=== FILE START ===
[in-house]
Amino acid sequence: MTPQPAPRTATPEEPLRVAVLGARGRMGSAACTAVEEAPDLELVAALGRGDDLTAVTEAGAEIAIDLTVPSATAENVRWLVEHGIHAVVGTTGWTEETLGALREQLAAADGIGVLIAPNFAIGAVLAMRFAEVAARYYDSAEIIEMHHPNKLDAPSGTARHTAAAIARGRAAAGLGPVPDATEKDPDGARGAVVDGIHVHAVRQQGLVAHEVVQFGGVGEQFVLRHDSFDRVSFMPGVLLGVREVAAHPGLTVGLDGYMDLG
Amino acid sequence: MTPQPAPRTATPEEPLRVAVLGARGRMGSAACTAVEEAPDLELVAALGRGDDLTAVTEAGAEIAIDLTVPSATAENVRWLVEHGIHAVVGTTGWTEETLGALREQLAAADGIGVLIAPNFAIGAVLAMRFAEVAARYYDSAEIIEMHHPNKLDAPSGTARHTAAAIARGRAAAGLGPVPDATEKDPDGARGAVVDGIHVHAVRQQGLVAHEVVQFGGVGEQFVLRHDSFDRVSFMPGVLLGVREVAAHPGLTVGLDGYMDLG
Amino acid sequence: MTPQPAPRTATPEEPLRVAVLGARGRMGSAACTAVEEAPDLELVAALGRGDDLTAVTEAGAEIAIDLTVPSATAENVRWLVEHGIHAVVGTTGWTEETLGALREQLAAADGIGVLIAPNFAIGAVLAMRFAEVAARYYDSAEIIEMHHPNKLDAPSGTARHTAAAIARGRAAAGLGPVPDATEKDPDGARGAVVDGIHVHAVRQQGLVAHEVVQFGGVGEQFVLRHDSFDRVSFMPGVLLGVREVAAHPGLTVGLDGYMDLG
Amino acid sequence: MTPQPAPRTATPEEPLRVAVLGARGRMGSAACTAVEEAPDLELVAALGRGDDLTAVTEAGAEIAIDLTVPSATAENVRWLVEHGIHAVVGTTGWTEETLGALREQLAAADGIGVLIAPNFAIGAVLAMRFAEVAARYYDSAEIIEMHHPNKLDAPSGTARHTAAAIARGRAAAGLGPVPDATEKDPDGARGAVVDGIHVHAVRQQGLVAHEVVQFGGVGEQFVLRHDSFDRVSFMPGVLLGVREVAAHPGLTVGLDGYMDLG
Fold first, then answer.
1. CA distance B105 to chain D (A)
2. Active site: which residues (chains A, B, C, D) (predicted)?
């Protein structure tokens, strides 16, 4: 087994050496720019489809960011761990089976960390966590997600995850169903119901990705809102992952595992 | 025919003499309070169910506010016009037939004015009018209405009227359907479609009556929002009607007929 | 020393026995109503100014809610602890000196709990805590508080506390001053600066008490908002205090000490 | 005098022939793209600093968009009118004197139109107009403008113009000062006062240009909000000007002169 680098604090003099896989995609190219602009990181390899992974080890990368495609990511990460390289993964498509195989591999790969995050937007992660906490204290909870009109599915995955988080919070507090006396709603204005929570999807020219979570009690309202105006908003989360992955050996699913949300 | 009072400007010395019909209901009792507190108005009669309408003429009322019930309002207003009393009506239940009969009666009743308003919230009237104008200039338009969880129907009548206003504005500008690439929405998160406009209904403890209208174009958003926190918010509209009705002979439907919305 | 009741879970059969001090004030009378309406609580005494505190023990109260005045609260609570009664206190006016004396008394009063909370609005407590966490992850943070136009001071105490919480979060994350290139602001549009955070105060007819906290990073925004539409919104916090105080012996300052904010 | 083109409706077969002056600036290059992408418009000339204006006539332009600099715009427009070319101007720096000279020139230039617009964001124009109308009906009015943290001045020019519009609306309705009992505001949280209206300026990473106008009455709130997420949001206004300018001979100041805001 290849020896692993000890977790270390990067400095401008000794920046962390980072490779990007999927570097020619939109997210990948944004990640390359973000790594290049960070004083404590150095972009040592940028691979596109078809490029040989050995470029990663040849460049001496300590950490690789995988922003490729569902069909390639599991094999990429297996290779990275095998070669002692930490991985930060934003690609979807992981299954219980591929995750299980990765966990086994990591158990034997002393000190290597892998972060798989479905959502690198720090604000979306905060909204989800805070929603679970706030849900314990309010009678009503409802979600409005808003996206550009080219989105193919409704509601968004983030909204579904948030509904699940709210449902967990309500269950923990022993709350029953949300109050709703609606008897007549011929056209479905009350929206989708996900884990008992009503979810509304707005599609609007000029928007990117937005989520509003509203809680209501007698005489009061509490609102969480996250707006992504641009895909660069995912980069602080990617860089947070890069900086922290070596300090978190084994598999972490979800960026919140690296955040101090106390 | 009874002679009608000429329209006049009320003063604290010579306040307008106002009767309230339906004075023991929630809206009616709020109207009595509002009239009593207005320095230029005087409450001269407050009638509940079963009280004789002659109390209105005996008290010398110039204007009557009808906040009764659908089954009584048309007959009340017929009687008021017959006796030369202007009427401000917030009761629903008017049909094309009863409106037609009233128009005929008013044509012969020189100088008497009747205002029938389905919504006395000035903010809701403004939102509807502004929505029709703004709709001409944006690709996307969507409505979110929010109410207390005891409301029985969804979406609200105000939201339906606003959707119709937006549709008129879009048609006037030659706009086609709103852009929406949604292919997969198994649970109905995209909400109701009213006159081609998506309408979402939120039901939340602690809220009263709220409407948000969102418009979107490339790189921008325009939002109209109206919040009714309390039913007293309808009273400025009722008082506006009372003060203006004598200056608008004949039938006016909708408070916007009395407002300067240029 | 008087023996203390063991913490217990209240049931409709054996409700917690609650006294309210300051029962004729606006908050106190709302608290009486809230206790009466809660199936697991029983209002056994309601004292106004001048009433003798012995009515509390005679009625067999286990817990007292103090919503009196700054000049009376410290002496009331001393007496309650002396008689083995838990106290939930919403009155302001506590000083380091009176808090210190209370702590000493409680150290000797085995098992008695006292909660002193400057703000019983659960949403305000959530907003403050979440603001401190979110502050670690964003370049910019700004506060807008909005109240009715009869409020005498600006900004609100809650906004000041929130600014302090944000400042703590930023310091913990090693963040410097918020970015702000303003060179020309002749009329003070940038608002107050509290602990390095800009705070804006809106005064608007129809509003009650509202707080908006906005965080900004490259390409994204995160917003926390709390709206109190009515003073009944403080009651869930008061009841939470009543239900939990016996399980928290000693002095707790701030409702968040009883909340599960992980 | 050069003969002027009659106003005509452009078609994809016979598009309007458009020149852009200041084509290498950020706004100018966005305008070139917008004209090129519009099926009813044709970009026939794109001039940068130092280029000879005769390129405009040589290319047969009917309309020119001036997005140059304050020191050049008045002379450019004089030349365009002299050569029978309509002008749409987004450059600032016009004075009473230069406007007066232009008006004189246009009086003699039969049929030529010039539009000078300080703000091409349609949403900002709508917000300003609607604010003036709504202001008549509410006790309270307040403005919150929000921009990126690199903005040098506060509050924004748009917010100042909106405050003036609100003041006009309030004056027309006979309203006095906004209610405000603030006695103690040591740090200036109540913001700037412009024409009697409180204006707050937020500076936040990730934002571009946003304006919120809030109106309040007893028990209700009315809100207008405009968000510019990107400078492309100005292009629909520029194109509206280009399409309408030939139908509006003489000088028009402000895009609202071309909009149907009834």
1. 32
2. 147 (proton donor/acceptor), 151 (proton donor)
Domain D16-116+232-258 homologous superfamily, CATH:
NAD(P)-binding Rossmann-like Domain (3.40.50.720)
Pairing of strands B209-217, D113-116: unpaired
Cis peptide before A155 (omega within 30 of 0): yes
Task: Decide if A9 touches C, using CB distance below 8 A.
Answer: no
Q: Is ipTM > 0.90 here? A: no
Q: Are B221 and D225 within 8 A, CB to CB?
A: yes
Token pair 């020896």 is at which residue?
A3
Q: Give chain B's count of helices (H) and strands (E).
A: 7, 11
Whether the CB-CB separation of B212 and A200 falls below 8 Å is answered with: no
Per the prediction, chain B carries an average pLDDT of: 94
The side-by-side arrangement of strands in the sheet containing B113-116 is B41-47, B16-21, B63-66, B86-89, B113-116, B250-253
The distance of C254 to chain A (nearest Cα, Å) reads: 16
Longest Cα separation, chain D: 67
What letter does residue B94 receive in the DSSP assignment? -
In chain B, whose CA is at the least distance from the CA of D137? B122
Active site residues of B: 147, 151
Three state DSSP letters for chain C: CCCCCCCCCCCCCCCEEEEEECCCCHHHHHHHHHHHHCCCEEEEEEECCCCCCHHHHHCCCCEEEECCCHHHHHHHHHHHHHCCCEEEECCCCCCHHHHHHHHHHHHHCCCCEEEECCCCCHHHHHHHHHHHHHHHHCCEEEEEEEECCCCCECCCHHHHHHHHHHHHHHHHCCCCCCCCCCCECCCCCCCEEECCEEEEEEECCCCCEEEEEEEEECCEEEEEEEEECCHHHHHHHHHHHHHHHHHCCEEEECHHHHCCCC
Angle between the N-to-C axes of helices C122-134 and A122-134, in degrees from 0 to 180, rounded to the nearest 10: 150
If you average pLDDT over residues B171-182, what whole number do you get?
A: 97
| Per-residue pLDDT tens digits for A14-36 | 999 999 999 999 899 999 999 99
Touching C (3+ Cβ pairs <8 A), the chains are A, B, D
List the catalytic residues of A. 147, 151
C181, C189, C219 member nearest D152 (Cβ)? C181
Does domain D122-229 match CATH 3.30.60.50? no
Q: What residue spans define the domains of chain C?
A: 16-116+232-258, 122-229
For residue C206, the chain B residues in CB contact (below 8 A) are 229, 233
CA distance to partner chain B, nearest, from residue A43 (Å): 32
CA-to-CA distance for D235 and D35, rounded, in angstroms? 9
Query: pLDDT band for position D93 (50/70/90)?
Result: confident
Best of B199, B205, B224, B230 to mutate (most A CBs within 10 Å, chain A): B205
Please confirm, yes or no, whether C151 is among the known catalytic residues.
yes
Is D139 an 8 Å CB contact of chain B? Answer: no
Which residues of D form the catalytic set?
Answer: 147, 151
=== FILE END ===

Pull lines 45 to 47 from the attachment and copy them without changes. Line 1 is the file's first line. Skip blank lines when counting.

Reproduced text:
CA distance to partner chain B, nearest, from residue A43 (Å): 32
CA-to-CA distance for D235 and D35, rounded, in angstroms? 9
Query: pLDDT band for position D93 (50/70/90)?